In Towry EJ Ltd v Bennett and Others, the High Court has considered whether a group of financial advisers solicited clients in breach of post-termination nonsolicitation clauses contained in their contracts of employment.
Following the acquisition of their former employer by Towry, the group of financial advisers had independently taken the decision to join Raymond James Investment Services Ltd. A large number of clients followed them to Raymond James, which led to claims by Towry that the employees had persuaded those clients to transfer their investments in breach of the 12 month non-solicitation clauses. However, the financial advisers were able to show that the clients had wanted to follow them of their own volition. This reflected their previous business model of building up an individual client base in their local community through forging strong personal relationships. Their new employer had also taken sensible precautions to ensure that they did not breach their non-solicitation requirements, including paying for the advisers to have independent legal advice. A script was used during the recruitment process to ensure that each employee was aware of the restrictions imposed by the non-solicitation covenant, and every new client in the following 12 months was asked to complete a form asking how they had heard about Raymond James. The High Court concluded from the evidence that there had been no solicitation.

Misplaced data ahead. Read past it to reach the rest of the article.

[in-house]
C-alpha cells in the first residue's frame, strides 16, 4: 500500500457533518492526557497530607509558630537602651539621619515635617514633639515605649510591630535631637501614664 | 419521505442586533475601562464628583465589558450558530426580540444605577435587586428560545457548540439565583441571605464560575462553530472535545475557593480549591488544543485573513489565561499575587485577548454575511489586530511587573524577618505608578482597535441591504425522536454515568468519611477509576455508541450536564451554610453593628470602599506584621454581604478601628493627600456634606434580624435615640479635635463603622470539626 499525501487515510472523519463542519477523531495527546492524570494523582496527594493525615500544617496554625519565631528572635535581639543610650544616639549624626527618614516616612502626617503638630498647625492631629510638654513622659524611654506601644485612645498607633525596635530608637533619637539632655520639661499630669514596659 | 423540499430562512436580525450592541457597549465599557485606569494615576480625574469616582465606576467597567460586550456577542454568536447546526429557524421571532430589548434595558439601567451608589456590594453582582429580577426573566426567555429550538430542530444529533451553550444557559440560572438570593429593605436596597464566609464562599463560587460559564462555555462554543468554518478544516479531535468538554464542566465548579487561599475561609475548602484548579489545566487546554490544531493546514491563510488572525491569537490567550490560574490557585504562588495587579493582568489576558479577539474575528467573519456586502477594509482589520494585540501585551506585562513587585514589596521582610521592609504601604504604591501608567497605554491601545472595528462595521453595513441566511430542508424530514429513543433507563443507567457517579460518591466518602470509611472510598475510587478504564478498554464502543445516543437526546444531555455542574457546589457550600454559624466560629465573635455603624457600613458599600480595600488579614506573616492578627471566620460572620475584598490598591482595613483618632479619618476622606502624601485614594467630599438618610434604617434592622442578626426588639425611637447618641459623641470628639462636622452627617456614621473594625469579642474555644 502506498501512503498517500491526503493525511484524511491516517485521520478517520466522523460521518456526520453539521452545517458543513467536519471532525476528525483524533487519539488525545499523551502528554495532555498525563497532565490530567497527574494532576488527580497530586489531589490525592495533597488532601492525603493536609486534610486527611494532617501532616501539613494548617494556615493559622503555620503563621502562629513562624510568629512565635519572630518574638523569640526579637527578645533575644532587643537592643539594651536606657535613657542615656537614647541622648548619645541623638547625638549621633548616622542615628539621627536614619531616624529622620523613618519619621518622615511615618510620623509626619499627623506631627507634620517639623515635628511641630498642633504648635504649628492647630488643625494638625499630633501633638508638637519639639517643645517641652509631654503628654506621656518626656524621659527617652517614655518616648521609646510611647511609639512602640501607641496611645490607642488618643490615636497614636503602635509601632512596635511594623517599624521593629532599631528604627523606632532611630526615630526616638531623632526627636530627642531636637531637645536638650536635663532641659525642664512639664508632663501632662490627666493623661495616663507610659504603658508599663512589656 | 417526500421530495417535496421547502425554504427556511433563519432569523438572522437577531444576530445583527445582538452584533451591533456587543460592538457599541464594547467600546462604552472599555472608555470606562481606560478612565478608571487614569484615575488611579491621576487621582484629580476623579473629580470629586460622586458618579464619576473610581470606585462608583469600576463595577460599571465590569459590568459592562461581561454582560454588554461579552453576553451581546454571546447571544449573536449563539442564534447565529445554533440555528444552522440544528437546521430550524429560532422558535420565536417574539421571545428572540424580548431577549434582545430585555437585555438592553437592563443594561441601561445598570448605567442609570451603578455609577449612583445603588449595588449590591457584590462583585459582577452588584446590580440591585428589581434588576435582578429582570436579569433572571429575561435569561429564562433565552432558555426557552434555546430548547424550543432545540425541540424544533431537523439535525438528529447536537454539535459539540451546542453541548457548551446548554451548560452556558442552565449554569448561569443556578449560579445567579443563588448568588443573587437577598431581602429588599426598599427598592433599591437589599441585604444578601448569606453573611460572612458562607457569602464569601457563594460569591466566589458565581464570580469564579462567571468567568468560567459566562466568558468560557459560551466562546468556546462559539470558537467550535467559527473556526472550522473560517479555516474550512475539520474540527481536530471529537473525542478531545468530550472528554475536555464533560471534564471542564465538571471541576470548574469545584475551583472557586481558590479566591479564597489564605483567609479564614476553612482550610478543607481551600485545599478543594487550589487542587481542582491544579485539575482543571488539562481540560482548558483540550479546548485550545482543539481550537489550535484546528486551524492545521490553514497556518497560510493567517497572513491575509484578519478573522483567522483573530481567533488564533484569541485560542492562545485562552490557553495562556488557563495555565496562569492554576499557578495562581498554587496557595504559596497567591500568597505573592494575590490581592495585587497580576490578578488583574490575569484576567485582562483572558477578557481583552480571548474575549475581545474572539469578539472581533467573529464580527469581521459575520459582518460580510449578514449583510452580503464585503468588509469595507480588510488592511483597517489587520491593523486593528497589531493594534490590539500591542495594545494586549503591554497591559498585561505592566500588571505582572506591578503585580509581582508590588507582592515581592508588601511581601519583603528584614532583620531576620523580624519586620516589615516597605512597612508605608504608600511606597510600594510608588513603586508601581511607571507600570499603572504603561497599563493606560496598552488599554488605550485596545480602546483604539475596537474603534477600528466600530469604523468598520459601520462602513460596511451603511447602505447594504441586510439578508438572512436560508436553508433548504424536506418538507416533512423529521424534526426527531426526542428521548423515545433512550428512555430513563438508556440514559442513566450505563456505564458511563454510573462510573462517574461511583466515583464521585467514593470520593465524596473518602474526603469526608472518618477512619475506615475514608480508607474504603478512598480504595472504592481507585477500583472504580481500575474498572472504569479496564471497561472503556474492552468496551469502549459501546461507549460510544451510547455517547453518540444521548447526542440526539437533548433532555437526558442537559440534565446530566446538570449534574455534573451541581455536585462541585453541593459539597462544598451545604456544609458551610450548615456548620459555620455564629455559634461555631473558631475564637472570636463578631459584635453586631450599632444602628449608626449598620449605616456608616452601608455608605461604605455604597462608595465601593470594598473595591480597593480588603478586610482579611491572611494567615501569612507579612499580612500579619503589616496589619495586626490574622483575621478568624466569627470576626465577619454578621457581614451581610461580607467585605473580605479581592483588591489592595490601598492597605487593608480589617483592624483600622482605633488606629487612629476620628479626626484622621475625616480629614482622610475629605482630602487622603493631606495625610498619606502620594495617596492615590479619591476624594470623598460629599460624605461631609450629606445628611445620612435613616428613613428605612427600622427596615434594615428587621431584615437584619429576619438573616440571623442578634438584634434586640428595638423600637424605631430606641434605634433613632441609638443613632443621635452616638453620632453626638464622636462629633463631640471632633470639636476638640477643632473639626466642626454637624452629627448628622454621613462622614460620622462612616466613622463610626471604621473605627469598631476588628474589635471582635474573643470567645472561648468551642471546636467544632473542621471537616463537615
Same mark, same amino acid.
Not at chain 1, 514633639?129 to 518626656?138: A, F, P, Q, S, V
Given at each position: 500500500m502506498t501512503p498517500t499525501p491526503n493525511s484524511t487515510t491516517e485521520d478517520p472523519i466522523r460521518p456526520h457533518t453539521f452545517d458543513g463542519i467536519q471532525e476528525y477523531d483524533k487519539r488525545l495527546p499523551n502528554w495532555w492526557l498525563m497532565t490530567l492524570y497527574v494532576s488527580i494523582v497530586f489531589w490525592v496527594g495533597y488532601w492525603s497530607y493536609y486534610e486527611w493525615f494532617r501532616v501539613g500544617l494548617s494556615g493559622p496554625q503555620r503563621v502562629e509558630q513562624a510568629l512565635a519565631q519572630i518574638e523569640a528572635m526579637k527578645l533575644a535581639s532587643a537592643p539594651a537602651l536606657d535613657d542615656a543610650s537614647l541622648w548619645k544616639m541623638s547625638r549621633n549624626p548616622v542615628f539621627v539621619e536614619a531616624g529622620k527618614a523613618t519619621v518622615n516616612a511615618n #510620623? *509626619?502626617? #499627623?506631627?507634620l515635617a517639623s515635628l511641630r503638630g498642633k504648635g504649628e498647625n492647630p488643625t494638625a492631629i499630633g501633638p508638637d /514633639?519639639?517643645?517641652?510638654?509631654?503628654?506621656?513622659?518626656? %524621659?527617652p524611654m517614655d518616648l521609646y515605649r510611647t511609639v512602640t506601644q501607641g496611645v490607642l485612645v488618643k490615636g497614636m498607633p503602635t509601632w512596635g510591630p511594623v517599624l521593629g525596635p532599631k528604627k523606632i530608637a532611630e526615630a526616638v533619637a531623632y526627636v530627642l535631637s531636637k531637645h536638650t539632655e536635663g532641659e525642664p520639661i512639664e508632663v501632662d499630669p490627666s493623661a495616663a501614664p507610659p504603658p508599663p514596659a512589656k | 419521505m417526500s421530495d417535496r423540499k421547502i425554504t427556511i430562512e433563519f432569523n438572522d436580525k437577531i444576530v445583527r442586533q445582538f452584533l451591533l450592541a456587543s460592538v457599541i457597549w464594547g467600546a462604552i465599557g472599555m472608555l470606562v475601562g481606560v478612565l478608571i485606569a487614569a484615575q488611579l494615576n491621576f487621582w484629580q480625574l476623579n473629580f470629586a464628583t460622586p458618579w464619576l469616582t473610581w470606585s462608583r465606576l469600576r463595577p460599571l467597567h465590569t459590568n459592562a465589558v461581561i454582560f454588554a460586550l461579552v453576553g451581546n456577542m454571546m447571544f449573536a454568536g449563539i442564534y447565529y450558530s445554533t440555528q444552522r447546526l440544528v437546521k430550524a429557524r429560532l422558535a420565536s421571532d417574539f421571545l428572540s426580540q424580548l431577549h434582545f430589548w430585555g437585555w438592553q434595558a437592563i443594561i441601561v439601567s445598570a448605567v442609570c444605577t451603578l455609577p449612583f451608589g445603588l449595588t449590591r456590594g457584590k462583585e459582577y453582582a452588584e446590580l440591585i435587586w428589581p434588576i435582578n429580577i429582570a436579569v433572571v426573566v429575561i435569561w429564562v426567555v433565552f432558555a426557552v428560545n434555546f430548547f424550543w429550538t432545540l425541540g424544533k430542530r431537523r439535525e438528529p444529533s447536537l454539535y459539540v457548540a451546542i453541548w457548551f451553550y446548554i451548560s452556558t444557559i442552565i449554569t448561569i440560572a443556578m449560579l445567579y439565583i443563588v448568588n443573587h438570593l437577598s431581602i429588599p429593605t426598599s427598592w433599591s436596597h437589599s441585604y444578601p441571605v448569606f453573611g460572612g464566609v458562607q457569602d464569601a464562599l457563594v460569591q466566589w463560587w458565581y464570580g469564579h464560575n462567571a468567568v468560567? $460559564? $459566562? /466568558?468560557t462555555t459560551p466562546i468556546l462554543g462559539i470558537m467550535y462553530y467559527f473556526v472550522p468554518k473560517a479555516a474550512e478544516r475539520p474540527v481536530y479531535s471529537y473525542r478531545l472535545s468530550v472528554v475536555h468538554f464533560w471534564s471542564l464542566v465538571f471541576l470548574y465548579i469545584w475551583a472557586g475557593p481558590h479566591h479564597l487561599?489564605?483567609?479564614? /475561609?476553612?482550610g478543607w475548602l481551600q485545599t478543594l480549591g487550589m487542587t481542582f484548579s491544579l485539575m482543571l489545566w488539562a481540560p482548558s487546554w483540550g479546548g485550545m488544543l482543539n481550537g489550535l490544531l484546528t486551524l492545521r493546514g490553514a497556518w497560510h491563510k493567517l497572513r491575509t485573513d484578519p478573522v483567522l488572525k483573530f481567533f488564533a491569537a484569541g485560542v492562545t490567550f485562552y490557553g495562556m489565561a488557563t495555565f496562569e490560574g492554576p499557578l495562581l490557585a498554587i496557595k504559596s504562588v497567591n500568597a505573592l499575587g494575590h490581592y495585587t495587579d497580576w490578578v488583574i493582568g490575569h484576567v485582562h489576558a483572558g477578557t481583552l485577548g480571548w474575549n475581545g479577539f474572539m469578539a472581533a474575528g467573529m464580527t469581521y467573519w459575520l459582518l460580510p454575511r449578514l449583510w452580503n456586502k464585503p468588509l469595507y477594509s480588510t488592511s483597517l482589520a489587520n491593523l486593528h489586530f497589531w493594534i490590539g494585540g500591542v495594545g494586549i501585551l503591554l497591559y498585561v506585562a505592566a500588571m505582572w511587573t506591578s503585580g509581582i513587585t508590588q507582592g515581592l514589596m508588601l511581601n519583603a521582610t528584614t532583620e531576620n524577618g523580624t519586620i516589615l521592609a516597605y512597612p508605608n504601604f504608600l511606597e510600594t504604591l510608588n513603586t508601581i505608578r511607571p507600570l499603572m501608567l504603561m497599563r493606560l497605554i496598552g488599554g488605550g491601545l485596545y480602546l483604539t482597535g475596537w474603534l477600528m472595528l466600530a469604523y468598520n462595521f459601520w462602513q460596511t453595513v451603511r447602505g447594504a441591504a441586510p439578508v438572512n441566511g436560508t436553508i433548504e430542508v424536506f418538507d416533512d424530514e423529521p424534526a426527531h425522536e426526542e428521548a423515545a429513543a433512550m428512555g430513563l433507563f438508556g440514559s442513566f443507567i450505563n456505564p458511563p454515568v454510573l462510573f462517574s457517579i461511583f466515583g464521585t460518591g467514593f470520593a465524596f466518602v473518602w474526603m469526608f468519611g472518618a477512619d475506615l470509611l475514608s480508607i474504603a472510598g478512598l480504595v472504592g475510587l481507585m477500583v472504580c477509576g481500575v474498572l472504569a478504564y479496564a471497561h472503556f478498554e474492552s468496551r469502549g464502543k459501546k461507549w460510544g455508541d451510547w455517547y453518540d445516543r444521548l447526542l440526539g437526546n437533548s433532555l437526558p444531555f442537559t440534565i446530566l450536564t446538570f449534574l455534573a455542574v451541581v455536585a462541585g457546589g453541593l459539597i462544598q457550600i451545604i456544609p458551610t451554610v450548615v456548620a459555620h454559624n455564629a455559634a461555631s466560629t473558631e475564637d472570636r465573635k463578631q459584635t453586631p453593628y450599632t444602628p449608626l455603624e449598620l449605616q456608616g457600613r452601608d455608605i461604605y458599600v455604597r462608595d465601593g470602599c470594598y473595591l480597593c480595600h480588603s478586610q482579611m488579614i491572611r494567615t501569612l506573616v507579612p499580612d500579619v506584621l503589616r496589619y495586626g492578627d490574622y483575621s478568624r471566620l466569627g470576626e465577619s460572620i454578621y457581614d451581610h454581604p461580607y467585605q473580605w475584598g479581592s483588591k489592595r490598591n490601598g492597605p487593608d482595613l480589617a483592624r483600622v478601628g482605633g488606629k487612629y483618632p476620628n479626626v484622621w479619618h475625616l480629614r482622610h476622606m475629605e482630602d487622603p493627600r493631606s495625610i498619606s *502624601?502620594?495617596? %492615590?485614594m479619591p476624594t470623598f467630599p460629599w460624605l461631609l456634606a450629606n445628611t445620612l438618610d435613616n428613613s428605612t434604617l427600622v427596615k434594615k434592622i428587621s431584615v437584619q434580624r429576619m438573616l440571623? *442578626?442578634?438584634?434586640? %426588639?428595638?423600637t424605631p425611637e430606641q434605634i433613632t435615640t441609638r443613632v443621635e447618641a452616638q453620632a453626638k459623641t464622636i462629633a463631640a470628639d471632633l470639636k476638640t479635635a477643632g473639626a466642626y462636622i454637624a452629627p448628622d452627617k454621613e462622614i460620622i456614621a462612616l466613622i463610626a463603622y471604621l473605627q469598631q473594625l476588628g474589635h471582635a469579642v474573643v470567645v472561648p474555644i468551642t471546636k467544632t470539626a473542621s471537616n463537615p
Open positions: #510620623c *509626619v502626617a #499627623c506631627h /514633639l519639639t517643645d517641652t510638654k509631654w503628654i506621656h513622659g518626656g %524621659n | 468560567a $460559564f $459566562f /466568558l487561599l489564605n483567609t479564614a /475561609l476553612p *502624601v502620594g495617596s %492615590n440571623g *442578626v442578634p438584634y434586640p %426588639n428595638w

This decision illustrates the importance of not assuming that former employees have solicited clients without proper evidence. It also highlights that in appropriate cases, it is advisable to have nondealing as well as non-solicitation clauses to maximise protection of a client base in the event that an employee leaves to join a competitor.